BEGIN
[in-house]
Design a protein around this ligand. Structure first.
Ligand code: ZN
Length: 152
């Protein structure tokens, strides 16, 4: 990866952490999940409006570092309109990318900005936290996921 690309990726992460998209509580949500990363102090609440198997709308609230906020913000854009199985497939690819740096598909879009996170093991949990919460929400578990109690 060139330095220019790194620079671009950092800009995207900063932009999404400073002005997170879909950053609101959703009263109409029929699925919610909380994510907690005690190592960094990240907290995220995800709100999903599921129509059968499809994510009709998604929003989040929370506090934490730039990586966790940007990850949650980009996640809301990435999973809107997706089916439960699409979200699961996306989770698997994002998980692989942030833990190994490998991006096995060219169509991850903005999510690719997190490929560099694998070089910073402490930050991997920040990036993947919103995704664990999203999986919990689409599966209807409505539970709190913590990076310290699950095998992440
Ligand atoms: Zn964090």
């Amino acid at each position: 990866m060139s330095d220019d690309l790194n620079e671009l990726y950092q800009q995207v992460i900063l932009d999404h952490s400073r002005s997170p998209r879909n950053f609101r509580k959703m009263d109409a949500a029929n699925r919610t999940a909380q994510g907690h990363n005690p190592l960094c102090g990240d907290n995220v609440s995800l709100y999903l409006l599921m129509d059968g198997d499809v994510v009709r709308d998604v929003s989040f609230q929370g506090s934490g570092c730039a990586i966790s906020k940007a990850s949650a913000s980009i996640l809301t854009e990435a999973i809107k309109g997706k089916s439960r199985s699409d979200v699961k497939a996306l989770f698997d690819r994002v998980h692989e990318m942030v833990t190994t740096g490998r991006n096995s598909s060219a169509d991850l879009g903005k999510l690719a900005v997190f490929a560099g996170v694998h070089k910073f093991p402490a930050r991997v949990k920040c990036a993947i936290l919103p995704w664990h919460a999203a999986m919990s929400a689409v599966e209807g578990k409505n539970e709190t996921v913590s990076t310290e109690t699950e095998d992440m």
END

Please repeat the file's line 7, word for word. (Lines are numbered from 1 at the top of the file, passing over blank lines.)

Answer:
């Amino acid at each position: 990866m060139s330095d220019d690309l790194n620079e671009l990726y950092q800009q995207v992460i900063l932009d999404h952490s400073r002005s997170p998209r879909n950053f609101r509580k959703m009263d109409a949500a029929n699925r919610t999940a909380q994510g907690h990363n005690p190592l960094c102090g990240d907290n995220v609440s995800l709100y999903l409006l599921m129509d059968g198997d499809v994510v009709r709308d998604v929003s989040f609230q929370g506090s934490g570092c730039a990586i966790s906020k940007a990850s949650a913000s980009i996640l809301t854009e990435a999973i809107k309109g997706k089916s439960r199985s699409d979200v699961k497939a996306l989770f698997d690819r994002v998980h692989e990318m942030v833990t190994t740096g490998r991006n096995s598909s060219a169509d991850l879009g903005k999510l690719a900005v997190f490929a560099g996170v694998h070089k910073f093991p402490a930050r991997v949990k920040c990036a993947i936290l919103p995704w664990h919460a999203a999986m919990s929400a689409v599966e209807g578990k409505n539970e709190t996921v913590s990076t310290e109690t699950e095998d992440m």